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With the summer sales out of the way, retailers used to start turning their attention to the Christmas peak – or they did until the arrival of ‘Black Friday’.

Penelope Ody

Penelope Ody

Given the chaos that surrounded “Black Friday” promotions last year, it is hardly surprising that it will be a key topic for debate at this year’s Omni-Channel Conference in September.

As everyone surely knows by now, “Black Friday” is the term used for the day after Thanksgiving in the USA, which typically marks the start of the Christmas shopping period. It is a rare extra day off work for American consumers and retailers have always used eye-catching promotions to persuade them to spend the time shopping for seasonal goodies. And why “black”? Because traditionally that was the day when, thanks to the boom in sales, the great majority of US retailers (where profit margins were significantly lower than in the UK) actually moved out of the “red”.

UK retailers are probably still rather more profitable than their American counterparts and neither Thanksgiving nor the following day are public holidays on this side of the pond; so why this day in late November has suddenly become the focus of such frenetic promotional activity puzzles me. It obviously also surprises John Lewis md, Andy Street, who was one of the few to disparage the event last year: “We’ve got to ask if it’s right to concentrate trade so much in that one period,” he said at the time. “My personal hope is that this is the high water mark for Black Friday. I don’t think we can put the genie back in the bottle but do we need to stoke that fire anymore? I personally hope not.”

The article first appeared in Supply Chain Standard, July 2015.

The article first appeared in Supply Chain Standard, July 2015.

Sadly, one suspects that a very great many retailers will be stoking that fire having put buying plans in place for cut-price lines, with a November delivery date, way back in January. But has anyone really stopped to count the cost? Last year, the usual gradual build up of sales in the run-up to Christmas stalled in early December, as Black Friday’s bargain hunters took stock of their purchases and credit card spend. There was plenty of negative media coverage, too, in the days following as online orders were delayed as distribution depots and carriers struggled to cope with the unexpected peak in demand.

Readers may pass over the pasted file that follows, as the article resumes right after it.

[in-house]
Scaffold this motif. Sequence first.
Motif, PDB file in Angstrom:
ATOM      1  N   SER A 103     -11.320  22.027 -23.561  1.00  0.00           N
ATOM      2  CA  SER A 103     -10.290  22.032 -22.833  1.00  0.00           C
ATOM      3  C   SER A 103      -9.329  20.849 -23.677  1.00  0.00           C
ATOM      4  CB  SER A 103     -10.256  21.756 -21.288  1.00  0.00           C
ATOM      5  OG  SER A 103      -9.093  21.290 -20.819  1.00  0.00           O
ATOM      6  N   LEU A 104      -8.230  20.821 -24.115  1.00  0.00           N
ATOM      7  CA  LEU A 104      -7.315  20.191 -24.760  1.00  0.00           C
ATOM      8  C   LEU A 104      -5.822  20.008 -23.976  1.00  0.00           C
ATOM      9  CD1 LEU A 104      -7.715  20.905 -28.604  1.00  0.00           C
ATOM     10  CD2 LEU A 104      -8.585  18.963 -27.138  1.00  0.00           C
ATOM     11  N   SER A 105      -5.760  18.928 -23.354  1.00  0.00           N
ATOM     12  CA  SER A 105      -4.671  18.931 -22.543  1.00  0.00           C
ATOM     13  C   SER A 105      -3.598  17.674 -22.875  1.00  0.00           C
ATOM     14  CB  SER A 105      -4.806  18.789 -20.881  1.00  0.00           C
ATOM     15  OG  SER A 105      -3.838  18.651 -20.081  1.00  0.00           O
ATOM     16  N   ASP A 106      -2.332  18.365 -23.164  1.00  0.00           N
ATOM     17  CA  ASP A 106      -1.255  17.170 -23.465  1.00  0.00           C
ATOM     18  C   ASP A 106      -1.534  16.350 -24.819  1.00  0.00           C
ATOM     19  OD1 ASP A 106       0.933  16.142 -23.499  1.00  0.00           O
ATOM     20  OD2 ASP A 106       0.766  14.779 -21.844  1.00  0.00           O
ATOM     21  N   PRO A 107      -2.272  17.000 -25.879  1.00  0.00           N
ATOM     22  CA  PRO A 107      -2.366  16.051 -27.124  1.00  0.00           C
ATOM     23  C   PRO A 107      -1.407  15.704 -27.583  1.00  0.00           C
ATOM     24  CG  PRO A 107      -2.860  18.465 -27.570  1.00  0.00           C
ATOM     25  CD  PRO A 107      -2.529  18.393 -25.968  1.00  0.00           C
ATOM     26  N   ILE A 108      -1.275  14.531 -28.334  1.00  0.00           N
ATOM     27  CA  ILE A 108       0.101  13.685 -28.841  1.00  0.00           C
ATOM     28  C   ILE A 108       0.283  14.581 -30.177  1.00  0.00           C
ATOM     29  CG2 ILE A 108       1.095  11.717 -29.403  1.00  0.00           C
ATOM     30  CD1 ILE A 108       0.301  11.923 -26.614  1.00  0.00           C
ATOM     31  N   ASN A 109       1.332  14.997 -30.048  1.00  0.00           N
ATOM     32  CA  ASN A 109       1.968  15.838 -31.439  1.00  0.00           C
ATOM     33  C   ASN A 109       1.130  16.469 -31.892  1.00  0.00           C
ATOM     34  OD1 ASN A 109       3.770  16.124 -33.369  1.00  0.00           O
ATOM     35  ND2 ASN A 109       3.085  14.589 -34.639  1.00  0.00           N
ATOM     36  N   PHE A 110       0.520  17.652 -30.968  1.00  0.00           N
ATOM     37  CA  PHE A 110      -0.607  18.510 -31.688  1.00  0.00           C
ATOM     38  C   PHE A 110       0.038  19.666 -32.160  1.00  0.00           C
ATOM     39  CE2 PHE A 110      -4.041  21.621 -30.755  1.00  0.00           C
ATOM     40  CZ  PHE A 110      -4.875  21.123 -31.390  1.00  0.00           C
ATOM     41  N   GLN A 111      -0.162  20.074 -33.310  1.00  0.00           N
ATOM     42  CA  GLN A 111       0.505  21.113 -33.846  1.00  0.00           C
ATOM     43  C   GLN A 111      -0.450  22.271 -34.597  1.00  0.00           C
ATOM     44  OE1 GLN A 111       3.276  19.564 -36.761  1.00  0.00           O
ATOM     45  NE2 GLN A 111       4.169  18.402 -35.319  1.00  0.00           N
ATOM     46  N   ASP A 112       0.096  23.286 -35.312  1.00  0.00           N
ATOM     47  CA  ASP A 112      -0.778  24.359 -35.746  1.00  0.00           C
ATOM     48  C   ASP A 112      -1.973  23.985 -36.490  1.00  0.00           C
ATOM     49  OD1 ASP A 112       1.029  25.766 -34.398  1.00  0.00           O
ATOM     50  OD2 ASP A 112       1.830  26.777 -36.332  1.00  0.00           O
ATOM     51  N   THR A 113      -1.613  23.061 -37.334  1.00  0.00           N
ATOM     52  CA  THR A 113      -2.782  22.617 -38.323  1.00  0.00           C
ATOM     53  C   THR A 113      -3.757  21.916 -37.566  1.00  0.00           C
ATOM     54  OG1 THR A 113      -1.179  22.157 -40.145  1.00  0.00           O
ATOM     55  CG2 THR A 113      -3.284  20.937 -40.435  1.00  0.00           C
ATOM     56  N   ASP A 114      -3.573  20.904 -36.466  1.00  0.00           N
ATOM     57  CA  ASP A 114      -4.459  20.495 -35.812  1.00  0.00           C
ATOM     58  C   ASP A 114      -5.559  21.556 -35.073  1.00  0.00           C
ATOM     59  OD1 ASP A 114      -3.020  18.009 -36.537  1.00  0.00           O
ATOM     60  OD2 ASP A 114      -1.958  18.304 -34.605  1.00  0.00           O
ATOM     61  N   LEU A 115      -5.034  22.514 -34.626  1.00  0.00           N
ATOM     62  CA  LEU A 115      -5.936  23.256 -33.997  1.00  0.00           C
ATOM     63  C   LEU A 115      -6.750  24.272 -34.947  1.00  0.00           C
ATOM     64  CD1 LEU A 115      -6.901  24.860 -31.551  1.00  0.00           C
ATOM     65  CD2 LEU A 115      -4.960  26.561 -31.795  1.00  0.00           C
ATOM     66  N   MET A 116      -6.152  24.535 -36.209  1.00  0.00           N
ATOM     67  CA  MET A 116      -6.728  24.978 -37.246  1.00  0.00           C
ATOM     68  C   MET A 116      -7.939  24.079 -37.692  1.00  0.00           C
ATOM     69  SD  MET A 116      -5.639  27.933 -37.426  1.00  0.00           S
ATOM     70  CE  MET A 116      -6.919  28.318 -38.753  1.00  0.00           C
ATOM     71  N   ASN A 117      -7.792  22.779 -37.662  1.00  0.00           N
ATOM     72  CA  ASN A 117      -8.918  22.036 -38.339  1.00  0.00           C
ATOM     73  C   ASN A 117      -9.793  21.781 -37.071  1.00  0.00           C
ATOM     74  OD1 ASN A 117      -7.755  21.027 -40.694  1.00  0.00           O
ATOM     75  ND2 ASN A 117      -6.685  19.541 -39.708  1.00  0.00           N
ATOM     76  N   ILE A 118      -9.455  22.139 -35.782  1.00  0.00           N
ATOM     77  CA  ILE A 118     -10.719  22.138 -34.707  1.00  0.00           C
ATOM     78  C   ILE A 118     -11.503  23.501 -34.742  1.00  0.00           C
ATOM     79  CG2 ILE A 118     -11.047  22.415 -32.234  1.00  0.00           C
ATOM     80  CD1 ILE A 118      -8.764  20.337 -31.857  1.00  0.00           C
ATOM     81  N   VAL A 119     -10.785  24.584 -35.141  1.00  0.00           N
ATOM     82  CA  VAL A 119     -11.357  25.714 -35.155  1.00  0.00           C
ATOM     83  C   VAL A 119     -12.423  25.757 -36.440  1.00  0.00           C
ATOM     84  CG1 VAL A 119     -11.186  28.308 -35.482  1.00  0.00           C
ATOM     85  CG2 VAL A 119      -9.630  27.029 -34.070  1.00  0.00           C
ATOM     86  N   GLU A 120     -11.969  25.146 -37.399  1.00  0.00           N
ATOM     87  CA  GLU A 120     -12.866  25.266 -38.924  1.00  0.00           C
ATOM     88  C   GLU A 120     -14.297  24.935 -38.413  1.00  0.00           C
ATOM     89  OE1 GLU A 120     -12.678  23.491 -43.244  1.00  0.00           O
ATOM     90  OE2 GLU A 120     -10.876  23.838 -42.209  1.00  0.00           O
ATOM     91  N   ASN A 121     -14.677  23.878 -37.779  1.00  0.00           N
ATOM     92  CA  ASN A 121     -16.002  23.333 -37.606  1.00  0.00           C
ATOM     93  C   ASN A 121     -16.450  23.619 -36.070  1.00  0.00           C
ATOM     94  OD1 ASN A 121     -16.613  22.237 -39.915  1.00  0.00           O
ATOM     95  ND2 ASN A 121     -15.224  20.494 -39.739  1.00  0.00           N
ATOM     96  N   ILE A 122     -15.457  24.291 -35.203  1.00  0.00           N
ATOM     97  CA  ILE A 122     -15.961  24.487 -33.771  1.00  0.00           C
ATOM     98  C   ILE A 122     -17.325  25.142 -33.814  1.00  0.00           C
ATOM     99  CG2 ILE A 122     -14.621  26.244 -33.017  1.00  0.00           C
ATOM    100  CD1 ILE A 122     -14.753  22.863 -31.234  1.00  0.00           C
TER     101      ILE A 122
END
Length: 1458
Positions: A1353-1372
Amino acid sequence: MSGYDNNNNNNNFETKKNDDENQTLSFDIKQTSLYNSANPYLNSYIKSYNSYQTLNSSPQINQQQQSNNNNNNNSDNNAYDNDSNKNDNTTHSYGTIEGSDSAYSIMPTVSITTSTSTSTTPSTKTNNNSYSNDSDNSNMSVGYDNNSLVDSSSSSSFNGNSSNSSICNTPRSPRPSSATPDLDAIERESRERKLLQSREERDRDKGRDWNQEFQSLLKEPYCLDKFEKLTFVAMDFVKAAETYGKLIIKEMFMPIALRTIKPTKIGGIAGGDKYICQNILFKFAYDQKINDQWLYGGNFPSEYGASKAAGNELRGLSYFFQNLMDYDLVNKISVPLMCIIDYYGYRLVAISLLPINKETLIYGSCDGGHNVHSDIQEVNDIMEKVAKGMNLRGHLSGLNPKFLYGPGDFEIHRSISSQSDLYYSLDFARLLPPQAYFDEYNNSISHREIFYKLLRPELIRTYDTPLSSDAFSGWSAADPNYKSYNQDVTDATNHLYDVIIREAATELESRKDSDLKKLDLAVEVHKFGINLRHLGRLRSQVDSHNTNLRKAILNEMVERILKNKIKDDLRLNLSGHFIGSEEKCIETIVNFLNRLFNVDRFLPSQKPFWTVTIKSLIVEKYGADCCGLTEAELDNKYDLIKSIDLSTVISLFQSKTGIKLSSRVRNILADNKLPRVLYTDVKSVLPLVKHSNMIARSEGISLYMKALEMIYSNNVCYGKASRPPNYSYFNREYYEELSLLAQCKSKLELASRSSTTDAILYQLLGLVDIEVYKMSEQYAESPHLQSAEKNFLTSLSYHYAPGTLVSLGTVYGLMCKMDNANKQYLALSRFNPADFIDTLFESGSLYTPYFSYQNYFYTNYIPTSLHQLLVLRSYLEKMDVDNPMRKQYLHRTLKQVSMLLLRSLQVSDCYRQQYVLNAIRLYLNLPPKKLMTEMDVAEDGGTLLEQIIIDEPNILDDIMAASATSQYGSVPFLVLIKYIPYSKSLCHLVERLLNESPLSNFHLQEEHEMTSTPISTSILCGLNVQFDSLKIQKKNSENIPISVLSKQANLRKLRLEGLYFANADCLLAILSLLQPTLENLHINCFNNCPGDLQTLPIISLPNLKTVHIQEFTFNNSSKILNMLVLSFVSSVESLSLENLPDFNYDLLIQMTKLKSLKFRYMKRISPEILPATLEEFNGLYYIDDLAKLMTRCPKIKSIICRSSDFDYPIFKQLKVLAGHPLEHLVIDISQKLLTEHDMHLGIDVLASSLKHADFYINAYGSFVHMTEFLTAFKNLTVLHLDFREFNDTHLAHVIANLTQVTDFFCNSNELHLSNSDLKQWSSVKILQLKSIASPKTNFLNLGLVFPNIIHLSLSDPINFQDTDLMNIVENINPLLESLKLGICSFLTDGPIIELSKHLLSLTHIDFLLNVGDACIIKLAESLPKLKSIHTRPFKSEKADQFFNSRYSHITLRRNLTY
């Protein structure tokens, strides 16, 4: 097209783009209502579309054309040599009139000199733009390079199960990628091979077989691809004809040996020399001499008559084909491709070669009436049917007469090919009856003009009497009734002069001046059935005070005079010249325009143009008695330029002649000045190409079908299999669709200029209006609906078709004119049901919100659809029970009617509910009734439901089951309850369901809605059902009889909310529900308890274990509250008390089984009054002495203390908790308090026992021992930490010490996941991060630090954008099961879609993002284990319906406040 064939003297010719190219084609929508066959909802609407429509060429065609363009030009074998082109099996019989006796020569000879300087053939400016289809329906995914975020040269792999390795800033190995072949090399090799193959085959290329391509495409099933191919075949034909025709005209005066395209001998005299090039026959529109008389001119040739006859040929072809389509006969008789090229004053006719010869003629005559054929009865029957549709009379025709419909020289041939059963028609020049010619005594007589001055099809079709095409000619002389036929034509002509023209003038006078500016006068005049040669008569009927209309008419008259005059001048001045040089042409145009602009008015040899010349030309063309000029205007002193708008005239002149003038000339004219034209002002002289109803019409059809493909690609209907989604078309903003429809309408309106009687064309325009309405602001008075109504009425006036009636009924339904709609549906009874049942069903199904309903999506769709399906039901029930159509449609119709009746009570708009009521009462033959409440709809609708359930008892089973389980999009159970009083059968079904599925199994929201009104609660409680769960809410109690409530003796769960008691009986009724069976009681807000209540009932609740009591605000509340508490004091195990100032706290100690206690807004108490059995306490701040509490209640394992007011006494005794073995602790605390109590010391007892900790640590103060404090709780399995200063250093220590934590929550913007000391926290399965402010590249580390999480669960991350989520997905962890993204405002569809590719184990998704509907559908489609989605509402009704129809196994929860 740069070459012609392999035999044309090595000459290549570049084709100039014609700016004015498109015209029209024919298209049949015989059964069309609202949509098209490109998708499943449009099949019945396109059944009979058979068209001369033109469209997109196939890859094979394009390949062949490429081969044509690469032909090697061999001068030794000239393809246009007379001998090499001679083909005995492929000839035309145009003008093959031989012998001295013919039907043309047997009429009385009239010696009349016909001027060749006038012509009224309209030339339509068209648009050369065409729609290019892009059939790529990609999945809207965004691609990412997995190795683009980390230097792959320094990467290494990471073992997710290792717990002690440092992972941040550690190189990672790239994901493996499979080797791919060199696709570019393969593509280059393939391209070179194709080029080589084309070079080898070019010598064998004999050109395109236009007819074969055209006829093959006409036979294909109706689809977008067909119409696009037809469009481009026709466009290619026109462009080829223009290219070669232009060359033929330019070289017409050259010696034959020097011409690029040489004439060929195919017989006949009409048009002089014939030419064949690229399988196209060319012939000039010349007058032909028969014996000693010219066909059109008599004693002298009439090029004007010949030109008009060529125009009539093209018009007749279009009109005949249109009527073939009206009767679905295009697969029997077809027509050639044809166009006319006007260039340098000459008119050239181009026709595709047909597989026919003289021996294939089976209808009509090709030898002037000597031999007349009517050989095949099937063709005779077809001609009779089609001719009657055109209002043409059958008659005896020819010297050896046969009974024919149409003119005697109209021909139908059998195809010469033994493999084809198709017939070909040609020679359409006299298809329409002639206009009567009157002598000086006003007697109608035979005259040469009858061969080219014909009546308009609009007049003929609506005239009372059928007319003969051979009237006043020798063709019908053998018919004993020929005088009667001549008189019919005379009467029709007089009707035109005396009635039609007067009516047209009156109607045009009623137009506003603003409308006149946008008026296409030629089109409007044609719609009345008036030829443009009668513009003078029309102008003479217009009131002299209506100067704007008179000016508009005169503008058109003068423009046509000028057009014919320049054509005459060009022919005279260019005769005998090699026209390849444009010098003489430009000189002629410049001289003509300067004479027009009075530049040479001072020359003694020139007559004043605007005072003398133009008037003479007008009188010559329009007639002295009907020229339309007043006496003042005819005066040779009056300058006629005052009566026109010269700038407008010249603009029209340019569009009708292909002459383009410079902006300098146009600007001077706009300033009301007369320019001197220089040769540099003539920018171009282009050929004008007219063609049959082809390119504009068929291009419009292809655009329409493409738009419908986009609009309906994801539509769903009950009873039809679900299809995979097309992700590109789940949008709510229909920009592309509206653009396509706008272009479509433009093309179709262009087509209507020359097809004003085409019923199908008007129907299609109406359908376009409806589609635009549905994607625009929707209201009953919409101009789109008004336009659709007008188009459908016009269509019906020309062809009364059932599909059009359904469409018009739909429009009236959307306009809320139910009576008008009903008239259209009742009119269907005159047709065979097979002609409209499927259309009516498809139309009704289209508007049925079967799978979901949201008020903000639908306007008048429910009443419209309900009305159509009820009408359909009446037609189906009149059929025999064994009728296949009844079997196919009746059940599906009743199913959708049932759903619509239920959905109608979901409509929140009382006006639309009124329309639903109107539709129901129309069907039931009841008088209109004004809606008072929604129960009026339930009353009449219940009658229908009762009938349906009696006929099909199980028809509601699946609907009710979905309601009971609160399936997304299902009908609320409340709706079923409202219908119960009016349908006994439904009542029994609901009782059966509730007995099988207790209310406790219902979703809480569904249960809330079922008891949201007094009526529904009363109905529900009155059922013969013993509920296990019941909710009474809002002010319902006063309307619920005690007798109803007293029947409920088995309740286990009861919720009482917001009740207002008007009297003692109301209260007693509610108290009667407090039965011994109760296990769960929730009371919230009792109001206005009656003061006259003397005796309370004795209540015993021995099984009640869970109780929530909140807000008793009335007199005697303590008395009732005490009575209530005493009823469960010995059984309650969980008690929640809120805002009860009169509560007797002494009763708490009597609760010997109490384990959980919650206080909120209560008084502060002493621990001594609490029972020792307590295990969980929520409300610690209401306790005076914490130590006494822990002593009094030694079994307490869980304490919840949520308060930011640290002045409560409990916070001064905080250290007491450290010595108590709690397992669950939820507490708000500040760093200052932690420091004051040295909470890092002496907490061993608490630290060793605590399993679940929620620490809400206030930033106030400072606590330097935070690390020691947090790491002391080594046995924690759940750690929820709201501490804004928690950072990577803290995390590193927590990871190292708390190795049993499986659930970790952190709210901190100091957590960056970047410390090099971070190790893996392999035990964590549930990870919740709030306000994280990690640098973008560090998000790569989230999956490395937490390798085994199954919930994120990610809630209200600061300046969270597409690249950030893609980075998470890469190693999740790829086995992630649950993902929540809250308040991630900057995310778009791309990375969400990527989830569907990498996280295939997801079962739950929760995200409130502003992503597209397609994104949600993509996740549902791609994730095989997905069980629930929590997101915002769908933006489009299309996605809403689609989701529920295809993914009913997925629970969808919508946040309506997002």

While the high profile shoppers opted to buy in store, so did many who checked out bargains online first. According to James Lovell, smarter commerce solutions consultant Europe at IBM, Black Friday saw “60 per cent of digital traffic coming from tablets and phones but only 47 per cent of actual transactions were made that way”. “Only 47 per cent” is still a great many items that had to be picked, packed and dispatched often at no additional cost to the consumer thanks to “free delivery” promotions.

According to a recent survey by price comparison web site,, 54 per cent of a sample of leading European online retailers also pay the cost for unwanted goods to be returned either by post or via services such as Collect+. Given that returns rates for online purchases now rival those familiar from the old days of mail order catalogues (e.g. typically 40 per cent for women’s wear) the cost of handling all these parcels is considerable, as are the vehicle capacity and manpower required to do so.

Back in the very early days of online grocery shopping, industry experts calculated that it actually cost £25 to process a home delivery order, although £5 was then regarded as the maximum customers would be prepared to pay. No doubt since then distribution systems have much improved and costs fallen, but “free delivery” still has to be paid for by somebody. Add a “free return” and “special Black Friday price” and margins must surely be very thin indeed – unless, of course, the retail buyers have squeezed their suppliers even more than usual.

Long ago and far away, retailers would have been quite aghast at the thought of slashing prices in the run-up to Christmas: the “sales” were delayed at least until Boxing Day. December was always the time when shoppers would throw caution to the winds and pay a little bit more for that special present. To introduce massive time-limited price cuts, creating such demand that there are riots in stores, major logistics problems, and a raft of additional returns to process at a peak selling time, seems to fly in the face of logic.

Perhaps negative media coverage will prove counter-productive for the high street and drive even more sales online this year? As a neighbour recounted the other day, last Black Friday she heard on the lunch-time radio that shoppers were rioting as they rushed to grab wonderful bargains. Being an intrepid old lady she immediately took the bus into Southampton and headed for John Lewis. She’d already planned to buy a new large television before Christmas, but thought a riot might add extra frisson to the shopping trip.

To her disappointment she found the electrical department deserted: “Where is the riot,” she asked. “Certainly not here,” said the helpful salesman – who went on to sell her a splendid new flat-screen TV at half price. A bargain for her certainly, but how much did retailers really benefit from all that hype?

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